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but not a doubt that building will lease in its entirety once it's up and once it's completed. it's first class real estate and the space is good, there's no reason it shouldn't. >> 7 world trade -- >> 7 world trade center is finished. we've topped out tower four. that's up at 72 stories. that will be finished the last quarter of 2013 of next year. and that building is now 50% occupied, and leased. and i suspect it won't be terribly much longer. probably in 2013 we should proceed much, much faster in terms of lease-up of that building, as well. >> are there premiums in comparison to other places in the new york city market? >> it's about 20% behind midtown in terms of rents. but clearly, from the rent achievements at world trade center, that seems to be changing. and i think it's just a question of time.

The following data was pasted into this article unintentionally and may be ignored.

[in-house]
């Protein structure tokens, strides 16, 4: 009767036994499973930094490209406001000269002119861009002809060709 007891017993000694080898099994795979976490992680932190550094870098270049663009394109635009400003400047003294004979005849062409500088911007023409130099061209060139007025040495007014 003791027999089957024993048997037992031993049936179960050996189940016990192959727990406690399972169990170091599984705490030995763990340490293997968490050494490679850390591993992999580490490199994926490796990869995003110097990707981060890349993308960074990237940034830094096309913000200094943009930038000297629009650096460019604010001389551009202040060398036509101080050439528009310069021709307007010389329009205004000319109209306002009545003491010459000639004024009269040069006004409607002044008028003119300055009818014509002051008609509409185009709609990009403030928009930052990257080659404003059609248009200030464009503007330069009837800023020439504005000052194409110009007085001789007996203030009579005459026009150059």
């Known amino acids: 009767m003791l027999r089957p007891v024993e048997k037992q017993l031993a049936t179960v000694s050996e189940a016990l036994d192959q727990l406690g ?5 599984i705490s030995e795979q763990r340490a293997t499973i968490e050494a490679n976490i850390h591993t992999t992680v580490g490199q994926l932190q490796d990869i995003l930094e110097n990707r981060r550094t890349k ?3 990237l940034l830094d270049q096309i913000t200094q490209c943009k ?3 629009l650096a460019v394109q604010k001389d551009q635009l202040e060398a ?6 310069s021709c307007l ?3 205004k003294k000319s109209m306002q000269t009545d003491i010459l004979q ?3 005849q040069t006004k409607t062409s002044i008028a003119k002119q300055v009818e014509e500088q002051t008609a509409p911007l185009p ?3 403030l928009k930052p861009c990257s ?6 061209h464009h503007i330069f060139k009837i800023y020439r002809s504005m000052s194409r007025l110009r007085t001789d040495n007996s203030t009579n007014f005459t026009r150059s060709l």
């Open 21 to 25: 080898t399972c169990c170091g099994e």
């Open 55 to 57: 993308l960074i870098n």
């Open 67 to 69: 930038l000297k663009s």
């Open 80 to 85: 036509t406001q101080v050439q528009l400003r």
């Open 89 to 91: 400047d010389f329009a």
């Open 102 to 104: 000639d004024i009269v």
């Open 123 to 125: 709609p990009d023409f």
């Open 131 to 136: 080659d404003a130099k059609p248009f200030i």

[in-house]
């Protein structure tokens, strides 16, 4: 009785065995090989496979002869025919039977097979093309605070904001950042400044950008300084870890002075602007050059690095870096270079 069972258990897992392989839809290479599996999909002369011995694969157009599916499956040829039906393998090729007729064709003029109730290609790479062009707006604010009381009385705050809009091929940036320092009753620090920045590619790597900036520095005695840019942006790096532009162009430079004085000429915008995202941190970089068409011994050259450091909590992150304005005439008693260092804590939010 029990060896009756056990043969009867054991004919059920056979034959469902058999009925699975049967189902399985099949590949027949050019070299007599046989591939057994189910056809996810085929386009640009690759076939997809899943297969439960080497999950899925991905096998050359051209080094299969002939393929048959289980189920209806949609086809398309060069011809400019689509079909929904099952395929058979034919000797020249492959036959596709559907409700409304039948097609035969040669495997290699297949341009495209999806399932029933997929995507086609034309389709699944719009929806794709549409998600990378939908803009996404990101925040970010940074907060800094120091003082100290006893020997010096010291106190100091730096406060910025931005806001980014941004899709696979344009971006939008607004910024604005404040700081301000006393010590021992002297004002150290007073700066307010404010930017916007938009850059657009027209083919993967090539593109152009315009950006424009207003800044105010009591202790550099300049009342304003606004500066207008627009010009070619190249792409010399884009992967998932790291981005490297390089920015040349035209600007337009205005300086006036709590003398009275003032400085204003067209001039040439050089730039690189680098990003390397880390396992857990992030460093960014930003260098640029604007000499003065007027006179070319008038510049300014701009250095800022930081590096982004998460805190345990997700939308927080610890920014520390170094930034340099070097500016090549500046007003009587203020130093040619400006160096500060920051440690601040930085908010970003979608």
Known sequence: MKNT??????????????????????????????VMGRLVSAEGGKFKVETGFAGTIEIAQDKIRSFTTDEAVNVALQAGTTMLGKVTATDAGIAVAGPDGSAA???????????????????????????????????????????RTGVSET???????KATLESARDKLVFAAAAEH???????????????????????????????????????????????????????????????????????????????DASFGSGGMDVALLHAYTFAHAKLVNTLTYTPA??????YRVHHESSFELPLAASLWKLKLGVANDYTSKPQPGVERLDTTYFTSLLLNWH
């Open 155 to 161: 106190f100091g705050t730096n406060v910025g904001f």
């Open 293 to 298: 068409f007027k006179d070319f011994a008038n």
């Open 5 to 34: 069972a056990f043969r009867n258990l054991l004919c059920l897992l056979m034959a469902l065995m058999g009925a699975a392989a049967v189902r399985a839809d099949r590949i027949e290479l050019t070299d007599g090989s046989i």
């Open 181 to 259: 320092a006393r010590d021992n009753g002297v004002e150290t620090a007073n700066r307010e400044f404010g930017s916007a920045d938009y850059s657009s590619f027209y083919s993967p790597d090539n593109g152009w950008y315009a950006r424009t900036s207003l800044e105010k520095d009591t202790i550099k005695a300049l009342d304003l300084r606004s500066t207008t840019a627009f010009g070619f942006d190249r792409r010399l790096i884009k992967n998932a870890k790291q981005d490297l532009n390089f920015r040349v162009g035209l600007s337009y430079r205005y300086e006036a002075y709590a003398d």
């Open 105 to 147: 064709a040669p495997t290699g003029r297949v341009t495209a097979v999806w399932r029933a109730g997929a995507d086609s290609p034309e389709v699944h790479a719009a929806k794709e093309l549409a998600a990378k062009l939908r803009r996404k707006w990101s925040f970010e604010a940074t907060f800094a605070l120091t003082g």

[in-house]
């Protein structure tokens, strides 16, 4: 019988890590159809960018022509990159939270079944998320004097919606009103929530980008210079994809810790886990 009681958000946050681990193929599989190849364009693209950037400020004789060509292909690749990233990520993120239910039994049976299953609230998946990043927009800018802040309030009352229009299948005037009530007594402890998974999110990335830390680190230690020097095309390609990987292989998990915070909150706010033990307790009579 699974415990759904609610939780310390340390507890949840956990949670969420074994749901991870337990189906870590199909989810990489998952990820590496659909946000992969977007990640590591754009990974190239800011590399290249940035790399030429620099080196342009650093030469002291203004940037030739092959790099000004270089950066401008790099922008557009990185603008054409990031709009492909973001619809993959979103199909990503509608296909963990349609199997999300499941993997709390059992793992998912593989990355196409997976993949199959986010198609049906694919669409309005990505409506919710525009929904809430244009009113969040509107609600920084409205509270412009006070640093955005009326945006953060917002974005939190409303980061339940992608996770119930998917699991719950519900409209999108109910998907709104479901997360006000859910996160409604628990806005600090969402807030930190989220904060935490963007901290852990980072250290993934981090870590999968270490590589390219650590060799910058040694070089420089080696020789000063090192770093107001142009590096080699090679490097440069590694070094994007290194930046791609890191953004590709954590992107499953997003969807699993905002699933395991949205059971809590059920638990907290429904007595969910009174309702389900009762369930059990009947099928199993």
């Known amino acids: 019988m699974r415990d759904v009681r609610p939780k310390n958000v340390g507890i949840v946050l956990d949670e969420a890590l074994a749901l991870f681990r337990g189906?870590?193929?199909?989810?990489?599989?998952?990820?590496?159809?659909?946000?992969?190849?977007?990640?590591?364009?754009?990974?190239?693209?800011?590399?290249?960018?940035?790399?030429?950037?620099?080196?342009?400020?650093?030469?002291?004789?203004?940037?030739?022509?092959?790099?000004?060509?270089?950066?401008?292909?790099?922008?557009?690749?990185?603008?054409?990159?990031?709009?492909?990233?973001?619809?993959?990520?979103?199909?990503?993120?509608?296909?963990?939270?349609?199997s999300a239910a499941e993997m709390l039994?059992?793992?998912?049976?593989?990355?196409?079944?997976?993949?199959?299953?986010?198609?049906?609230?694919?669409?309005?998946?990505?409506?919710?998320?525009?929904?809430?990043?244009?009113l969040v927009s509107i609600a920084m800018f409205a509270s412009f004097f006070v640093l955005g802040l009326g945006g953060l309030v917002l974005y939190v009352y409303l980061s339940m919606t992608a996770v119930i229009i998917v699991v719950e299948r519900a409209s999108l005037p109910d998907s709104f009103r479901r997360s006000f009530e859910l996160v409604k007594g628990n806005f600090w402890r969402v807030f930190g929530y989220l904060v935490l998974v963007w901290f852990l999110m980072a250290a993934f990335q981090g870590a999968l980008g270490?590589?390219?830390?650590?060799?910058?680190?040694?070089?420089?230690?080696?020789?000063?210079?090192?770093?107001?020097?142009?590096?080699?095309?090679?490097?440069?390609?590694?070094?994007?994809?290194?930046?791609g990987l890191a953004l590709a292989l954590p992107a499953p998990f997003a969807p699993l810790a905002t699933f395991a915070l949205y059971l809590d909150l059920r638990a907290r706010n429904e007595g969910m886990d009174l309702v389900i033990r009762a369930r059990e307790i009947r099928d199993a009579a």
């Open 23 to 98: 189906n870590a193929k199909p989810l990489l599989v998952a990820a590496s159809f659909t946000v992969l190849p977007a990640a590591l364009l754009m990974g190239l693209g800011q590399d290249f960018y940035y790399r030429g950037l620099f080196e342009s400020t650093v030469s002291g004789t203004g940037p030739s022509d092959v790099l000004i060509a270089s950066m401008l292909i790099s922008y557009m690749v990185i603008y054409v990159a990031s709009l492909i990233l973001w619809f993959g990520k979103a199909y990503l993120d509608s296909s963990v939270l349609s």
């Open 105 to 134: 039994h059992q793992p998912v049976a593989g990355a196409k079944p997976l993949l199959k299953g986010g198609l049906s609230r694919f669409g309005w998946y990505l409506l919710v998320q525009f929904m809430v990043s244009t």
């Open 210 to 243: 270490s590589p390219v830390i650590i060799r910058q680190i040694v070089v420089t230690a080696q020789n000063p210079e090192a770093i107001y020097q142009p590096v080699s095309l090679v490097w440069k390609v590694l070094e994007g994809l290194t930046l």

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the quality of what we're doing down here will ultimately narrow that 20% gap. quite substantially. >> in residential, starts have been good, prices going up again, but commercial architecture buildings are not very strong. is the future of commercial anywhere near as good as the future of residential? >> you know, new york is an incredible place. for residential as well as commercial. because the world class city, and money finds its way to new york for investment purposes, for people what stability, growth, dependability, they put their money here. these buildings are today going for premiums that unprecedented in terms of cap rates. the prices are way up, the cap rates are way down. and the value of these buildings continues to soar. there's no doubt in my mind. new york being the city it is with the diversity of opportunity will continue to attract business from all parts